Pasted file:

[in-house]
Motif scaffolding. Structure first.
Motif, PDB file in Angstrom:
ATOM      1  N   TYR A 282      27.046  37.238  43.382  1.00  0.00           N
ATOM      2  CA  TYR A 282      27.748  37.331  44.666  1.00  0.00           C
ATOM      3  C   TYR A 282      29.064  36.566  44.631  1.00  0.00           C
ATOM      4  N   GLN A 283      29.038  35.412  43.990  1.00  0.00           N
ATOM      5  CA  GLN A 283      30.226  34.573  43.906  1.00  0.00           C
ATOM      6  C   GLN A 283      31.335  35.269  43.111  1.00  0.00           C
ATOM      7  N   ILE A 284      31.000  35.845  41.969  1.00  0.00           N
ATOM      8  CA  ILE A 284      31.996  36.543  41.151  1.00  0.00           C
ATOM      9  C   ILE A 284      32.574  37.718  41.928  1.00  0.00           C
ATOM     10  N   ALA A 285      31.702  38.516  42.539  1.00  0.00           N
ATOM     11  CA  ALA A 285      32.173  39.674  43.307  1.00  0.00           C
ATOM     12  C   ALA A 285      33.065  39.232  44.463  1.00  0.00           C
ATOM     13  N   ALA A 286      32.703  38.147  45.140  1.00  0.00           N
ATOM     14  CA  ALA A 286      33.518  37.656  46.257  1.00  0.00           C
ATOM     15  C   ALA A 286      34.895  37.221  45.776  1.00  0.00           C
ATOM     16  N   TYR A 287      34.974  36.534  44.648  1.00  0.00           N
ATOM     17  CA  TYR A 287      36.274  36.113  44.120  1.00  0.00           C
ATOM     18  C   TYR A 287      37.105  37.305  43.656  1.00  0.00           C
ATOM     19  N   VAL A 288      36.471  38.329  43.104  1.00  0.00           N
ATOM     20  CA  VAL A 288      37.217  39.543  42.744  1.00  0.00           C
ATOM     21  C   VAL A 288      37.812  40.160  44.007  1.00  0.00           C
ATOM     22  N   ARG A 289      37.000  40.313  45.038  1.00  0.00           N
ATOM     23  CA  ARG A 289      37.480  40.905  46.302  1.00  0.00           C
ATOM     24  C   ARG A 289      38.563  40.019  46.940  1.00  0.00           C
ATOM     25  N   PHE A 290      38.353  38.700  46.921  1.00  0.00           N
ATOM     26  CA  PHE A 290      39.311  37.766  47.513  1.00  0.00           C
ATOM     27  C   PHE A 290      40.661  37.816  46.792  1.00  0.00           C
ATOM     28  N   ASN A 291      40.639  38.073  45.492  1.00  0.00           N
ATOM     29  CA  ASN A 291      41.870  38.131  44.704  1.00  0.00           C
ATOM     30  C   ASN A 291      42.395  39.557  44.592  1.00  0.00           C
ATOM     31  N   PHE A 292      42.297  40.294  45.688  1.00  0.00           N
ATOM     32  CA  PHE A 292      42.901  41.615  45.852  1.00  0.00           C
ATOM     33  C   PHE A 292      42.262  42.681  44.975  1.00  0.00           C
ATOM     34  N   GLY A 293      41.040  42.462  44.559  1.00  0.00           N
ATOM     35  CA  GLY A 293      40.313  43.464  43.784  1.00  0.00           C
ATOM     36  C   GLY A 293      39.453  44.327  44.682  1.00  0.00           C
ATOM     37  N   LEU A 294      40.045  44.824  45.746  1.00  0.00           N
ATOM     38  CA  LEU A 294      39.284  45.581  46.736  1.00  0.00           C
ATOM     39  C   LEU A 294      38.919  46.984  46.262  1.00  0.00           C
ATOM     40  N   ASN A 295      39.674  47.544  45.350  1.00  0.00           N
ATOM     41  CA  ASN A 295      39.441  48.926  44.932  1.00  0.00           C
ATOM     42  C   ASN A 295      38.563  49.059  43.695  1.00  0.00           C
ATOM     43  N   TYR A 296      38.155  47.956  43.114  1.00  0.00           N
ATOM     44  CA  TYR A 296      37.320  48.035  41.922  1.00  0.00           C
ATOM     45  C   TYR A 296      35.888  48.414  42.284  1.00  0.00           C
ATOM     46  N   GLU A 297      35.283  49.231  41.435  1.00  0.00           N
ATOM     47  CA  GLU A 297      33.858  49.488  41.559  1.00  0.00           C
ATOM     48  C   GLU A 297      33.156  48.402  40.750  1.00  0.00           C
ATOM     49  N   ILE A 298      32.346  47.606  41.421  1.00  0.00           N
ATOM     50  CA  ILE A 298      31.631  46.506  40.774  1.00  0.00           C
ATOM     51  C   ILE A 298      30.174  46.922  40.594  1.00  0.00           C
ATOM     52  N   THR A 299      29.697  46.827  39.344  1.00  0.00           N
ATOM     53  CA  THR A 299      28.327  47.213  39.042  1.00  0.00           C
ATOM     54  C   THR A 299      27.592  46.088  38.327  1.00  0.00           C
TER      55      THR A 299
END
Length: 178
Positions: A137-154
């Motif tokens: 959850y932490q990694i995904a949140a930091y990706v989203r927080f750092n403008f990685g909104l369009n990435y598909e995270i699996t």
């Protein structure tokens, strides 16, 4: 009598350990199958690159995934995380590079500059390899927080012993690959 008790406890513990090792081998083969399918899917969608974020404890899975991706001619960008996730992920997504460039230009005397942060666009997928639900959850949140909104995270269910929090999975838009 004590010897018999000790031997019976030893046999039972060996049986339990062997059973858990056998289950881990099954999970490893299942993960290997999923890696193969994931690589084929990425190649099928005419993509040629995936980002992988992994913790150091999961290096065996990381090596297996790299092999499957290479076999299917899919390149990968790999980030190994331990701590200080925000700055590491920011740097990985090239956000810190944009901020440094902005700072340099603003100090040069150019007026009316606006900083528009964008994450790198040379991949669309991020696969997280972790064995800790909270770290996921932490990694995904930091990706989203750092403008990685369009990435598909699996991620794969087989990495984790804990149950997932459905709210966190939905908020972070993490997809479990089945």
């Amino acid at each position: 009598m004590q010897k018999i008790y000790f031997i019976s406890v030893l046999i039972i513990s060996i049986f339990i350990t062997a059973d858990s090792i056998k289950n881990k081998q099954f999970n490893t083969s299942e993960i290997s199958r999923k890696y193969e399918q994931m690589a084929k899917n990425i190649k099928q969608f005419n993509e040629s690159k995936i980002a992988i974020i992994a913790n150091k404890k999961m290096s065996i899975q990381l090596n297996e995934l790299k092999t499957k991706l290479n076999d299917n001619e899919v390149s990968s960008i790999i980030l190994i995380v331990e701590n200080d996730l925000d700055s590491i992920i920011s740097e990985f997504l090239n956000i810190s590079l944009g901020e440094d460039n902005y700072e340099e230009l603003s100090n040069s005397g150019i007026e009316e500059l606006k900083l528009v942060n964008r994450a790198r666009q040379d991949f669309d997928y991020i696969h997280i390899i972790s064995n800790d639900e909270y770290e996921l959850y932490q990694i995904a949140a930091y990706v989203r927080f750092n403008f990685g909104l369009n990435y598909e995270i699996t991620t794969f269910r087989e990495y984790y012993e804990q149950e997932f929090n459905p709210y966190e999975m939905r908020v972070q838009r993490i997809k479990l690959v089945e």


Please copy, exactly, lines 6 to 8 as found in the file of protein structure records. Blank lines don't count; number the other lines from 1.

ATOM      3  C   TYR A 282      29.064  36.566  44.631  1.00  0.00           C
ATOM      4  N   GLN A 283      29.038  35.412  43.990  1.00  0.00           N
ATOM      5  CA  GLN A 283      30.226  34.573  43.906  1.00  0.00           C